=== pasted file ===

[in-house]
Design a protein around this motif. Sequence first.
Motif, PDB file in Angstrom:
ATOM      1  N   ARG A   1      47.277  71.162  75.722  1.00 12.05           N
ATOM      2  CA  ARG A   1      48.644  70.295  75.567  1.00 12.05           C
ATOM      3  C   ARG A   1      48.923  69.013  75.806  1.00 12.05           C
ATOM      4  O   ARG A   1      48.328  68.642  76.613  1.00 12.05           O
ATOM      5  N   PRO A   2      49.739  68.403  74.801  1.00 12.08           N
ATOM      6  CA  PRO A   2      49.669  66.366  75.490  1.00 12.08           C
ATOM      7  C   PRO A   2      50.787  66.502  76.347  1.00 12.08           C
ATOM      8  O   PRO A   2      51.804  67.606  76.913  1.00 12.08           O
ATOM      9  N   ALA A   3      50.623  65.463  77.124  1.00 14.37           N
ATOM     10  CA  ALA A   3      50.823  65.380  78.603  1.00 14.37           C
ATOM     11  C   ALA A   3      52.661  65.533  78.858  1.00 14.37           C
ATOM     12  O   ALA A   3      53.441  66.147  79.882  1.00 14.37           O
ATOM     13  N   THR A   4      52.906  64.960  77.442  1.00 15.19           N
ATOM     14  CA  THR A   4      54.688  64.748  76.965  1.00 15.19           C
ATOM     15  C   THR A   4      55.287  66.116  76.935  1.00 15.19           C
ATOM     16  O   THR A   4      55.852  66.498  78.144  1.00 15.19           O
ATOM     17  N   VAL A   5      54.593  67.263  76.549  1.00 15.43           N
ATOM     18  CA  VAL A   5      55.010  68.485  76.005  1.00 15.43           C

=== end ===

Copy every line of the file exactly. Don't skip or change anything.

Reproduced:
[in-house]
Design a protein around this motif. Sequence first.
Motif, PDB file in Angstrom:
ATOM      1  N   ARG A   1      47.277  71.162  75.722  1.00 12.05           N
ATOM      2  CA  ARG A   1      48.644  70.295  75.567  1.00 12.05           C
ATOM      3  C   ARG A   1      48.923  69.013  75.806  1.00 12.05           C
ATOM      4  O   ARG A   1      48.328  68.642  76.613  1.00 12.05           O
ATOM      5  N   PRO A   2      49.739  68.403  74.801  1.00 12.08           N
ATOM      6  CA  PRO A   2      49.669  66.366  75.490  1.00 12.08           C
ATOM      7  C   PRO A   2      50.787  66.502  76.347  1.00 12.08           C
ATOM      8  O   PRO A   2      51.804  67.606  76.913  1.00 12.08           O
ATOM      9  N   ALA A   3      50.623  65.463  77.124  1.00 14.37           N
ATOM     10  CA  ALA A   3      50.823  65.380  78.603  1.00 14.37           C
ATOM     11  C   ALA A   3      52.661  65.533  78.858  1.00 14.37           C
ATOM     12  O   ALA A   3      53.441  66.147  79.882  1.00 14.37           O
ATOM     13  N   THR A   4      52.906  64.960  77.442  1.00 15.19           N
ATOM     14  CA  THR A   4      54.688  64.748  76.965  1.00 15.19           C
ATOM     15  C   THR A   4      55.287  66.116  76.935  1.00 15.19           C
ATOM     16  O   THR A   4      55.852  66.498  78.144  1.00 15.19           O
ATOM     17  N   VAL A   5      54.593  67.263  76.549  1.00 15.43           N
ATOM     18  CA  VAL A   5      55.010  68.485  76.005  1.00 15.43           C